Torture Victim Sues Chicago and Police

CHICAGO (CN) – One of Chicago police Cmdr. Jon Burge’s torture victims spent 24 years in prison for an arson-murder he did not commit after cops made him confess by beating him “so violently he was urinating blood,” the man claims in court.
     James Kluppelberg sued Burge, 13 police officers, two members of the Chicago Fire Department, and the City of Chicago in Federal Court.
     “Plaintiff James Kluppelberg spent more than two decades in prison for an arson-murder that he did not commit,” the complaint begins.
     “Despite Mr. Kluppelberg’s innocence, the defendants beat a false confession out of him, hitting him so violently that he was urinating blood. The trial court ultimately suppressed Mr. Kluppelberg’s confession, finding that it was ‘obvious’ that Mr. Kluppelberg had been severely mistreated, but not before the confession was used by the defendants to set in motion Mr. Kluppelberg’s wrongful arrest and prosecution.
     “To corroborate Mr. Kluppelberg’s false confession, the defendants coerced false witness statements allegedly establishing how Mr. Kluppelberg purportedly set fire to a home, in which six people were killed. The defendants knew that these statements were absolutely false and the byproduct of their coercion, but nonetheless withheld that information from Mr. Kluppelberg.
     “Additionally, to buttress the false confession and witness statements, the defendants conspired to fabricate arson evidence. Although the original fire investigators found that the origin and cause of the fire could not be determined because of the complete destruction of the building and the absence of any accelerant, the defendants ignored this scientifically sound conclusion and instead manufactured bogus ‘findings’ to corroborate the false witness statements. Just as with the confession and statements, the defendants knew that this evidence was false but nonetheless used it to wrongfully convict Mr. Kluppelberg.
     “Indeed, well before Mr. Kluppelberg’s arrest and conviction, the defendants were aware of a likely, alternative suspect for the arson. This person had admitted to setting fire to a nearby home and to possibly having set the fire for which Mr. Kluppelberg was ultimately arrested and wrongfully convicted. Despite the obvious exculpatory value of this information, it was never disclosed to Mr. Kluppelberg or his defense attorneys nor even to the prosecutor. It was intentionally buried in violation of Mr. Kluppelberg’s constitutional rights.”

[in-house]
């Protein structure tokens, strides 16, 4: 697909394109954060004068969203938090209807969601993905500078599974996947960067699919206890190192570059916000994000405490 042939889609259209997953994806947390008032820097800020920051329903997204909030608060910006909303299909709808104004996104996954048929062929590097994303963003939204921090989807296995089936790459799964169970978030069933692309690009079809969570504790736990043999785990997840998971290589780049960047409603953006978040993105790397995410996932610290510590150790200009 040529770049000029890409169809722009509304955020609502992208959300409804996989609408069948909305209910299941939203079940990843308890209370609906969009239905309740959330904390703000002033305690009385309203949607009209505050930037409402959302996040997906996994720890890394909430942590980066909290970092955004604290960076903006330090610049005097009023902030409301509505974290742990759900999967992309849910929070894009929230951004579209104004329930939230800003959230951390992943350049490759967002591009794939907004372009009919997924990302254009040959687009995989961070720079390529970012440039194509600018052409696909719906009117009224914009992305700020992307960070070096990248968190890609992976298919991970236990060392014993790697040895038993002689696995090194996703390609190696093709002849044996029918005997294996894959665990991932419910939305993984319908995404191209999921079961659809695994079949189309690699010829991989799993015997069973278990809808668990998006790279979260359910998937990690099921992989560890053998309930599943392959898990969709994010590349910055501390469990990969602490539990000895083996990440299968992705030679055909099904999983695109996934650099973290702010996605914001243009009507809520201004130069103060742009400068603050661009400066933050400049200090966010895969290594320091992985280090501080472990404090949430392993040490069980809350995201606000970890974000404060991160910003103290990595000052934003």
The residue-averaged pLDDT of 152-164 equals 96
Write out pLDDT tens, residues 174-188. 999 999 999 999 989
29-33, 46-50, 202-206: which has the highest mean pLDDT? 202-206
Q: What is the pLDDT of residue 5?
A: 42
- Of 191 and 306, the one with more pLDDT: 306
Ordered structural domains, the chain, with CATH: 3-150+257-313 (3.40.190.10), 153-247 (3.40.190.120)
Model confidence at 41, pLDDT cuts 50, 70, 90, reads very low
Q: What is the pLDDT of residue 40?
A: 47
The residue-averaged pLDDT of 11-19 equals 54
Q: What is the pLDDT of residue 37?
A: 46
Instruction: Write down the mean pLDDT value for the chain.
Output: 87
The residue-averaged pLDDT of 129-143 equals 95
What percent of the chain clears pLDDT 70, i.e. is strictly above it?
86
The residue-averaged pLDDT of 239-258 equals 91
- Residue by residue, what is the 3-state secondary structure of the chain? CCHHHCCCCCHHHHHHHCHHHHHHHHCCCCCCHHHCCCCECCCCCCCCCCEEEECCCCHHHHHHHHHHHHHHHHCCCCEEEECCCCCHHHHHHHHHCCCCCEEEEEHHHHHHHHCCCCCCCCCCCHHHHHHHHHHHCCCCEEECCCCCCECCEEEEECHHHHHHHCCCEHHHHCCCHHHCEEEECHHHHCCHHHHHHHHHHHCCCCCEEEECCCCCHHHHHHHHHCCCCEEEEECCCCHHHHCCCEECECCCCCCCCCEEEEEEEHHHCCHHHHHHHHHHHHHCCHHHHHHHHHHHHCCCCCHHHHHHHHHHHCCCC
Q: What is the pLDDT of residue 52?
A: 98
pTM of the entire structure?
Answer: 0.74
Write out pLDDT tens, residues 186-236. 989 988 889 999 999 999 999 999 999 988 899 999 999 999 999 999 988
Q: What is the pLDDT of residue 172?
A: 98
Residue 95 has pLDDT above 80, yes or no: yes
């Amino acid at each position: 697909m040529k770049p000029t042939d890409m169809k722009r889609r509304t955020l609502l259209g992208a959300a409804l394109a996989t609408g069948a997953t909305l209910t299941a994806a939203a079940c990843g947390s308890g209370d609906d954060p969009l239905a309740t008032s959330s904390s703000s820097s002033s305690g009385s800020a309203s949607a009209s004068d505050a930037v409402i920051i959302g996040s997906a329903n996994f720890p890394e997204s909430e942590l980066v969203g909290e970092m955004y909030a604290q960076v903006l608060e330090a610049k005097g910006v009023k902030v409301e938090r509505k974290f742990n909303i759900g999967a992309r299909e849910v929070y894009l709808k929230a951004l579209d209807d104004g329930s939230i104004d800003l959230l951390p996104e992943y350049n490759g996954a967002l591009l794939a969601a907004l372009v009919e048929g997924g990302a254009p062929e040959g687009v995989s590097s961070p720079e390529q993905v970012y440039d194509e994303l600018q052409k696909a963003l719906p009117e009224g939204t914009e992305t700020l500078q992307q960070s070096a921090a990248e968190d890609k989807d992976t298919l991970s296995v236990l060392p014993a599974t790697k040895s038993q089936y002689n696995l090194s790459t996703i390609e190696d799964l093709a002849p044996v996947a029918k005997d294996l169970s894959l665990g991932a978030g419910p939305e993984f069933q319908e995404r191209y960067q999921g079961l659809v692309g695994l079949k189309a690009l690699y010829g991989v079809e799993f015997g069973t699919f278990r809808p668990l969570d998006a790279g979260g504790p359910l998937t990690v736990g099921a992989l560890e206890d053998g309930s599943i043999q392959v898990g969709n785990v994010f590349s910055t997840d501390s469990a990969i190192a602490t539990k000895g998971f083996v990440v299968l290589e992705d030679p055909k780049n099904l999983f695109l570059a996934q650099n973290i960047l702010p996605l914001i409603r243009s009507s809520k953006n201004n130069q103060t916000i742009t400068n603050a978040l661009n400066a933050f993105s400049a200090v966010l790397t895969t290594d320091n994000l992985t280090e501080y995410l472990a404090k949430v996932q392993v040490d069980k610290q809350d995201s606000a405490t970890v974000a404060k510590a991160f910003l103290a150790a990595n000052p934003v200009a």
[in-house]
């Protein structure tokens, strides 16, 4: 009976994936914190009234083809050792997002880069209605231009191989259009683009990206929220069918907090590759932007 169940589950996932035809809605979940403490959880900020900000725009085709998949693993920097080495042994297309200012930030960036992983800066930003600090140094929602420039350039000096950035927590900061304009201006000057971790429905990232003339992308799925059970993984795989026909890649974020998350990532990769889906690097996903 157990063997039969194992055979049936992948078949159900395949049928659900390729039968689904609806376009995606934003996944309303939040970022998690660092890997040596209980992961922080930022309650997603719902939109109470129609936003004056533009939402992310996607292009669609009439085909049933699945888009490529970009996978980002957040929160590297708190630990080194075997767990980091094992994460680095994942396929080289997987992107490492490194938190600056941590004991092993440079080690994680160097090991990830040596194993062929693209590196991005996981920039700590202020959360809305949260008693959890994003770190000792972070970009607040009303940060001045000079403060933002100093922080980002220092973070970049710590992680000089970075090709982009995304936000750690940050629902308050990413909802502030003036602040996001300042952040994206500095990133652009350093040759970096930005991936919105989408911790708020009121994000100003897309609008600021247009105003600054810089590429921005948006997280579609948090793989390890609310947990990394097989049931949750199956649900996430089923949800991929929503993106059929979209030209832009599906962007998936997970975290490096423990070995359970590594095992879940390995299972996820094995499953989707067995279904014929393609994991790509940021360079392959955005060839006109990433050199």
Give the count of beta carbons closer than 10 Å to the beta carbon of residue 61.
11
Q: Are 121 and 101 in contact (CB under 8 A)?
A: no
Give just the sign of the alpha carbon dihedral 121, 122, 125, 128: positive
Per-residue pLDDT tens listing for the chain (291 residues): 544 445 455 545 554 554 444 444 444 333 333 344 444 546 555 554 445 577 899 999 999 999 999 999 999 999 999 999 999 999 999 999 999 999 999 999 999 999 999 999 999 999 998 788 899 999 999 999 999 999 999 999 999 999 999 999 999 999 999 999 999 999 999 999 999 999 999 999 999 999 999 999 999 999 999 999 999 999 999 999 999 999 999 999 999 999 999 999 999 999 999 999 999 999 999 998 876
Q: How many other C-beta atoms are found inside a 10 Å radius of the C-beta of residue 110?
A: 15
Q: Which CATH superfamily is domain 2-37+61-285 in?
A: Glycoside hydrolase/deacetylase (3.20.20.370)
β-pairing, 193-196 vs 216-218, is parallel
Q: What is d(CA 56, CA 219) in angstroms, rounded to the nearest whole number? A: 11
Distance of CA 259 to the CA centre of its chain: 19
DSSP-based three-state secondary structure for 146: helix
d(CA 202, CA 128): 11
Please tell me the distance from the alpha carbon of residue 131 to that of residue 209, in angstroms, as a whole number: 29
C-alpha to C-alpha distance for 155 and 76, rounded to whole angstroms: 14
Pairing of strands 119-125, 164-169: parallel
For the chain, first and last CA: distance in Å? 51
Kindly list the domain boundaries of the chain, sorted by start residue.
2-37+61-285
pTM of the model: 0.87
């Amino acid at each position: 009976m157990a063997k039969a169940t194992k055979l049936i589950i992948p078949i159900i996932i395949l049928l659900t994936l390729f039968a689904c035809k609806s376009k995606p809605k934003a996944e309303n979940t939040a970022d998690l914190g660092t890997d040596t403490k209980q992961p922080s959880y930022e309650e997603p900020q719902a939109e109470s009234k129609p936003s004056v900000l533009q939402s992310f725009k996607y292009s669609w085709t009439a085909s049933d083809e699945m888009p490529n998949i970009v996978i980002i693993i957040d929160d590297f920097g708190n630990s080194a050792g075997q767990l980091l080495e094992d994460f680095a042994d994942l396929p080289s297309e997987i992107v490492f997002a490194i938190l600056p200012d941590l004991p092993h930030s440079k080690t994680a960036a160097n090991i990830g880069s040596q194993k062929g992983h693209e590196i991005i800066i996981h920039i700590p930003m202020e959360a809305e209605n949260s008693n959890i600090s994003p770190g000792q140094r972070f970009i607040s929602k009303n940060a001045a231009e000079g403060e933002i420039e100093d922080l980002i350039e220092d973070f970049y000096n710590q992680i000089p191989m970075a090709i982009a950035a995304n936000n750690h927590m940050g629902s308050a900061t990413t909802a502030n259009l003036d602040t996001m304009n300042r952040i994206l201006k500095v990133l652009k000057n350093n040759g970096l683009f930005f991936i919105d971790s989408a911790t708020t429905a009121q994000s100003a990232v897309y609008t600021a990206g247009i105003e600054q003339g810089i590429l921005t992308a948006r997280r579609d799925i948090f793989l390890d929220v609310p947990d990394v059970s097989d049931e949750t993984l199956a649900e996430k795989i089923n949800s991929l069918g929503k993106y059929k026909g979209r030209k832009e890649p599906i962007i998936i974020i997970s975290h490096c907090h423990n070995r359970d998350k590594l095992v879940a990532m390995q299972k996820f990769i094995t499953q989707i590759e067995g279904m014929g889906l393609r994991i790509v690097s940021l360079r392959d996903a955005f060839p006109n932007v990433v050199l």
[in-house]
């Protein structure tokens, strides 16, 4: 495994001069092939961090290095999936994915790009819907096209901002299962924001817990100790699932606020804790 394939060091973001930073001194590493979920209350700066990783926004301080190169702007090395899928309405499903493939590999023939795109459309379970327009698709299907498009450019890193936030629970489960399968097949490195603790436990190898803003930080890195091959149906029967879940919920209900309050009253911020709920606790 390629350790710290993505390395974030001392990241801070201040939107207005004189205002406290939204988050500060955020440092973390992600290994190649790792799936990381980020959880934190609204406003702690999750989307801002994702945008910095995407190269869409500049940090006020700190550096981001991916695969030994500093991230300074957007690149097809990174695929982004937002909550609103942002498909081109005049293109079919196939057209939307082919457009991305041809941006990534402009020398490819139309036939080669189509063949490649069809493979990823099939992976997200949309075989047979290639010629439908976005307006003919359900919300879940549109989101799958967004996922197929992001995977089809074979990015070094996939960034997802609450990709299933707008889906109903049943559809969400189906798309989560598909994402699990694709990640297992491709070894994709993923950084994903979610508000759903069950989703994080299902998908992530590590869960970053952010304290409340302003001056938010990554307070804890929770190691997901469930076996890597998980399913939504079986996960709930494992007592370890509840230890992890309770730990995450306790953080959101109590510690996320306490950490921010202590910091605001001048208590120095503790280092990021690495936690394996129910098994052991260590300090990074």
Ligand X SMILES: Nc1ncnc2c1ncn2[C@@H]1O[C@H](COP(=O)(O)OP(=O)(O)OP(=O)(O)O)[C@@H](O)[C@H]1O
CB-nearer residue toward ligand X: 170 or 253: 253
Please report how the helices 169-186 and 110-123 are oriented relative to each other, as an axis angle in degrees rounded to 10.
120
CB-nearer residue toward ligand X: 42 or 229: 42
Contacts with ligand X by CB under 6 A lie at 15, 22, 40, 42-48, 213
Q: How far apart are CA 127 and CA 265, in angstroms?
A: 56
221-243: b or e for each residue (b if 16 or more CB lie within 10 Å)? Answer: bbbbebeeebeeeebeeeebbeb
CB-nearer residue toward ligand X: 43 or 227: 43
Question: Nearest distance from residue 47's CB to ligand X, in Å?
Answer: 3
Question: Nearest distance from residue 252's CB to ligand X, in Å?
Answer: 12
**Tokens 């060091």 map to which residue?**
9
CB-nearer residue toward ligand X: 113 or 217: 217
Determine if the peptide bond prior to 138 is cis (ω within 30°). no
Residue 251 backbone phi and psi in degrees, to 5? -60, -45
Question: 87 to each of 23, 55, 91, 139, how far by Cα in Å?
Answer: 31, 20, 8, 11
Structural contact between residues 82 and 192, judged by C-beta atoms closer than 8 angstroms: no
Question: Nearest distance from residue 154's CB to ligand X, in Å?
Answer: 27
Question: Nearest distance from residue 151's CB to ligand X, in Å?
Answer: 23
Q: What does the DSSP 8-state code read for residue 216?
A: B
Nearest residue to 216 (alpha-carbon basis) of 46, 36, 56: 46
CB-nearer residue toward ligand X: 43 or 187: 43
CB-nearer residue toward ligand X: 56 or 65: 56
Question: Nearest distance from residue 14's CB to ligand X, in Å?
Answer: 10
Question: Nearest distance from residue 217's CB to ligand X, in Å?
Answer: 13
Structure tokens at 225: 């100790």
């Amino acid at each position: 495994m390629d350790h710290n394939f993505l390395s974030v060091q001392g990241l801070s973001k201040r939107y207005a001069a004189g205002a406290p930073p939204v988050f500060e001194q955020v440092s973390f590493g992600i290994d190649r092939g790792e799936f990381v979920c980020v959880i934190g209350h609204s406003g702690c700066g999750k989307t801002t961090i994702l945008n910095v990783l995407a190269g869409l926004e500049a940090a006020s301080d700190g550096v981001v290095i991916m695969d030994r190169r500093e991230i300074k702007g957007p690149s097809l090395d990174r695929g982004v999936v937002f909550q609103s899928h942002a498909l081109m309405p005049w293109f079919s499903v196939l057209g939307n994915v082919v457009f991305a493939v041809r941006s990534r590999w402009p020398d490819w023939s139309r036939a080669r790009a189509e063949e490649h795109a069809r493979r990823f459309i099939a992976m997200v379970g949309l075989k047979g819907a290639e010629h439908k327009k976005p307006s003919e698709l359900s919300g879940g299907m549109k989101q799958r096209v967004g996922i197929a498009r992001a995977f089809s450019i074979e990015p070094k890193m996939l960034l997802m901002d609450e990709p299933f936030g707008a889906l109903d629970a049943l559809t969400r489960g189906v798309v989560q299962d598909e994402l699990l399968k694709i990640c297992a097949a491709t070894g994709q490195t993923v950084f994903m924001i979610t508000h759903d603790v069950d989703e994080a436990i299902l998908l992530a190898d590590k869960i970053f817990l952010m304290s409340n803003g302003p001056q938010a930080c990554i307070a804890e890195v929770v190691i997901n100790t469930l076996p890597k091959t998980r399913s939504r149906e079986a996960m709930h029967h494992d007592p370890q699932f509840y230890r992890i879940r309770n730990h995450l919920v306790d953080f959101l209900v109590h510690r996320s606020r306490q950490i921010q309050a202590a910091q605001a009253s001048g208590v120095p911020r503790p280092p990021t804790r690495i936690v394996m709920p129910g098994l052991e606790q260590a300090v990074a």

Kluppelberg claims that Burge “was personally involved in the investigation at issue here and made public comments falsely attributing the crime to Mr. Kluppelberg. He also supervised some, if not all, of the defendants who committed the constitutional violations at issue here.”
     New evidence established Kluppelberg’s innocence in 2008, and he was released after spending 24 years in prison, he says in the complaint.
     Burge, 65, was sentenced in 2011 to 4½ years in prison for lying about police torture. Burge denied that officers ever abused suspects in custody, but evidence at a 2003 trial showed that he suffocated suspects with plastic bags, shocked them with electrical devices and put loaded guns to their heads.
     Burge’s case led then-Illinois Gov. George Ryan to place a moratorium on the state’s death penalty and to pardon four of Burge’s alleged victims.
     Other officers named in the complaint include Leonard Rolston, John Schmitz, William Foley, William Kelly, Detective Urbon, Thomas Ptak, Michael Duffin, George Jenkins, Dets. Nelson, Vega, W. Micek, Guest, and L. Tuider. Defendants Frances Burns and William Alletto are members of the Chicago Fire Department.
     Kluppelberg seeks punitive damages for violation of due process, failure to intervene, conspiracy, emotional distress, and malicious prosecution.
     He is represented by Gayle Horn with Loevy & Loevy.

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